In the race for Southern and Eastern Oregon’s open congressional seat, commodities trader and Deschutes County newcomer Jimmy Crumpacker has raised more money than the other candidates.
But almost none of his donations come from anybody living in the district — and he appears to have only recently moved there, to a home between Bend and Sisters. Rivals are now questioning whether he has the community ties and knowledge to effectively represent the sprawling 2nd Congressional District.
Crumpacker said his family has owned a ranch in Deschutes County and has spent a lot of time there over the years.
“I think my values really align with this district,” he said, adding that he’s a seventh-generation Oregonian.
The 41-year-old Crumpacker lived outside the state for 20 years and in recent years has been living in Portland. He registered to vote in Deschutes County for the first time last year on Nov. 20 — three weeks after U.S. Rep. Greg Walden, R-Ore., announced he would retire after 22 years in the U.S. House.
Crumpacker said he moved to the family ranch near Bend within the last year. But asked if he moved there to run for Congress, he replied, “It’s hard to say.”
Walden’s retirement attracted a bumper crop of Republican candidates in the conservative district.
So far, eight Republicans have filed for the seat, including three former legislators regarded as the leading contenders: Knute Buehler of Bend, Cliff Bentz of Ontario and Jason Atkinson of Central Point.
The first financial disclosure report filed in the race showed that Crumpacker had collected the most money up until Dec. 31.
He raised nearly $600,000, including $200,000 that he loaned himself. His $393,000 in contributions included large amounts from donors based in Portland as well as from around the country. Only $6,200 came from donors — three of them — within the district.
That’s led some of his rivals to pounce.
“I think it means a lot where your support comes from,” Atkinson said. He raised just under $100,000 before the end of the year, with about two-thirds coming from within the district.
“I wish him the best and all that,” added Atkinson, who served in the Oregon House and Senate for 14 years. “But Oregon is still a place where doing the work, being known and being in your community means something.”
Bentz loaned his own campaign $100,000 and raised another $98,000, with less than 10% coming from outside the district.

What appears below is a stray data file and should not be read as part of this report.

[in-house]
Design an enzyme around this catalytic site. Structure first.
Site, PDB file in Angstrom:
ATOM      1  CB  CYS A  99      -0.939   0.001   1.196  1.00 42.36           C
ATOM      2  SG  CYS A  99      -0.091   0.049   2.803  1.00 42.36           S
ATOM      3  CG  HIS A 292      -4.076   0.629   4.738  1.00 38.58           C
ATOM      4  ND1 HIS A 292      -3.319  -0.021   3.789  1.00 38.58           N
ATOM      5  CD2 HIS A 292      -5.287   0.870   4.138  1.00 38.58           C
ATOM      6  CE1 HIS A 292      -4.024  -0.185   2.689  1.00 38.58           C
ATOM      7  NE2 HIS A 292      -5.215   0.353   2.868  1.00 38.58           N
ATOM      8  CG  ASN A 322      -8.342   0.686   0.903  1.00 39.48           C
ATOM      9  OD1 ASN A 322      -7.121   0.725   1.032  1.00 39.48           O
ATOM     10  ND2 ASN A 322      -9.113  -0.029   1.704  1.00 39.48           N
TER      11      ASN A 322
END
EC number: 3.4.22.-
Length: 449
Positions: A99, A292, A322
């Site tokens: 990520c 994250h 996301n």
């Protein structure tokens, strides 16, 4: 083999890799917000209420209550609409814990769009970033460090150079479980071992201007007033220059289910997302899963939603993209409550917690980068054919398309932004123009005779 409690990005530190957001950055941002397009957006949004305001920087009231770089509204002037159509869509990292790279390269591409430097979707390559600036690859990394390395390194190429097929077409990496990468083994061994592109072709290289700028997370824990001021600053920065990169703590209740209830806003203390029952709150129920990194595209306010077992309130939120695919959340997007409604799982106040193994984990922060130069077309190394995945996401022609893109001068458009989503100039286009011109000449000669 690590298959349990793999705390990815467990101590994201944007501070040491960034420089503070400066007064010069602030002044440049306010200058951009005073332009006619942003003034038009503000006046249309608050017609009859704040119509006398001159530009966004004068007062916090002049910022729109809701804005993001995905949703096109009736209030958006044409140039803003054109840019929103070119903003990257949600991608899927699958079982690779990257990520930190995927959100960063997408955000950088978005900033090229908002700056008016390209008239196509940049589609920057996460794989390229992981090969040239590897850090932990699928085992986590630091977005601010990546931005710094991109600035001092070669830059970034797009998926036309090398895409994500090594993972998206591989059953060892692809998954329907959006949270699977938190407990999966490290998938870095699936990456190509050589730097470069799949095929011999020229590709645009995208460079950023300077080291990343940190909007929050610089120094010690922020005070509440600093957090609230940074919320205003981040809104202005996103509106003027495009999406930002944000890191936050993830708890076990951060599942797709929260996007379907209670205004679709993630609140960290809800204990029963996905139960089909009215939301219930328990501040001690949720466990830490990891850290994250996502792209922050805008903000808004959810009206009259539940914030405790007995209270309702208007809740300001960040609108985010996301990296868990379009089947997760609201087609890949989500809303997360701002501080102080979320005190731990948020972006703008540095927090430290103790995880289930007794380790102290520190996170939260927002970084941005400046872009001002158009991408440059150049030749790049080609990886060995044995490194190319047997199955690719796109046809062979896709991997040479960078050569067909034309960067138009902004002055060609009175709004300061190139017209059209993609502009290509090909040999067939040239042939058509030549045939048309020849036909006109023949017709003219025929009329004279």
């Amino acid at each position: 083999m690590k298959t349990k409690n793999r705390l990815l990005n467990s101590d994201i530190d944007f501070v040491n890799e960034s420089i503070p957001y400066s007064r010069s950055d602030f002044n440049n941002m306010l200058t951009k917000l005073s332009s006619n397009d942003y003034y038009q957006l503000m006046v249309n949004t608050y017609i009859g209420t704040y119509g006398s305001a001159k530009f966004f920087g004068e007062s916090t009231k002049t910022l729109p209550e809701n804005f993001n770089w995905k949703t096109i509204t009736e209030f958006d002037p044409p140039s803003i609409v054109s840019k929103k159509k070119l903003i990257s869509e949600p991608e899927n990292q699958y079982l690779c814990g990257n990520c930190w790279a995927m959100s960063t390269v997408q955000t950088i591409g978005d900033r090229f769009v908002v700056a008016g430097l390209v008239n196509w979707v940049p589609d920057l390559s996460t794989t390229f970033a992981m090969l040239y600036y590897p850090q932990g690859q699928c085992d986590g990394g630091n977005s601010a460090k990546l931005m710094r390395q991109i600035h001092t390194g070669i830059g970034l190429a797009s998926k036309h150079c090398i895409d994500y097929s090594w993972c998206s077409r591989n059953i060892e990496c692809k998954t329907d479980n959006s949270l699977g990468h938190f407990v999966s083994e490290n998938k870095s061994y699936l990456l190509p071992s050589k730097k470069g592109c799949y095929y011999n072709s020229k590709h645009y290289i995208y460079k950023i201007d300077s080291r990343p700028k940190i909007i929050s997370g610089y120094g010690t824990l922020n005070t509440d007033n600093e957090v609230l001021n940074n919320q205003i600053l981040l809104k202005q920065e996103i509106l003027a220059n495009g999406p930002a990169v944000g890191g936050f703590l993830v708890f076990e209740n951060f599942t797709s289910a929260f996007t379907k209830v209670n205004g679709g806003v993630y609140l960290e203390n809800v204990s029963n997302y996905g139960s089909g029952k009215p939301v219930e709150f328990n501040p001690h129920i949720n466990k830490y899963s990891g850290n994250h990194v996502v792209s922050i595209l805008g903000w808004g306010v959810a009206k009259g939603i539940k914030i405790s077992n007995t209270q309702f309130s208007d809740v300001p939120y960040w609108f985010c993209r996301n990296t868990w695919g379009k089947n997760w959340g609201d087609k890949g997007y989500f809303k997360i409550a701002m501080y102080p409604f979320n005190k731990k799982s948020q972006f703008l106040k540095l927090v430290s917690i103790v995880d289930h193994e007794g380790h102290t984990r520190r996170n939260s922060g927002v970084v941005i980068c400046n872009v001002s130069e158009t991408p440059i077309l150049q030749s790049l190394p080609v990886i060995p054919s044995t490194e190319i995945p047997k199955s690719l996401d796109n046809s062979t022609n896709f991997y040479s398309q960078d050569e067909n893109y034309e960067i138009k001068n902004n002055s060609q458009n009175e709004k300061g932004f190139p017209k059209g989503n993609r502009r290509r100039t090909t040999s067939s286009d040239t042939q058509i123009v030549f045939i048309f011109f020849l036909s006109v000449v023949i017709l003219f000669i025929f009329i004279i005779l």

“If you’re going to help, you’ve got to know the nature of the district to know what to do for them,” said Bentz, who resigned after 11 years in both state chambers to run for Congress.
“You’ve got to know about forests and forest fire and smoke,” Bentz added, “and you’ve got to know about cattle and irrigation and water, and you’ve got to know about energy and how it plays out there.”
Buehler, a former state representative whose unsuccessful race for governor in 2018 made him known throughout the state, raised $386,000. Just over half of his itemized contributions came from voters within the district. He said it’s up to voters to decide if they want someone new to the district or someone “like me who has lived and worked in the district for decades.”
“It’s certainly something they’re going to be talking about nonstop, which is fine,” Crumpacker said, “because I don’t think they’re going to be attacking me on policy.”
Crumpacker said his three major rivals all have a “decade or more” of political work while he comes fresh to the process as a businessman.
In an introductory campaign video, Crumpacker portrayed himself as a strong supporter of President Donald Trump who will work to boost the rural economy, defend gun rights and “end socialism once and for all.”
Crumpacker said that after announcing his candidacy, he had less than two weeks to raise money before the Dec. 31 deadline for the disclosure report for 2019. He said he was advised that showing fundraising strength would help “put him on the radar.”
He said he focused on raising money from his family, friends and business associates around the country. His two big celebrity donors were Cameron and Tyler Winklevoss, who each gave the maximum donation of $5,600 for the full election cycle. The twins were Olympic rowers and famously sued Mark Zuckerberg, claiming he stole the idea for Facebook from them. They eventually settled for $65 million.
Crumpacker’s family has long been known in social circles in Portland and has several generations of wealth. His great-grandfather, Maurice Crumpacker, was a member of the U.S. House from Portland for three years until dying in office in 1927.
Crumpacker says on his website that he is a “product of Oregon Public Schools,” though he went to high school at St. Paul’s School, a well-known private boarding school in New Hampshire. He spent his K-8 years at Riverdale Grade School, which is part of a small district located in the exclusive Dunthorpe neighborhood next to Lake Oswego.
Crumpacker later attended Georgetown University and then worked as a commodities trader in New York City specializing in oil. He said he returned to Portland in 2012. He was involved in several civic activities, including serving as chairman of the Oregon Ballet Theatre.
He left that post after announcing his candidacy.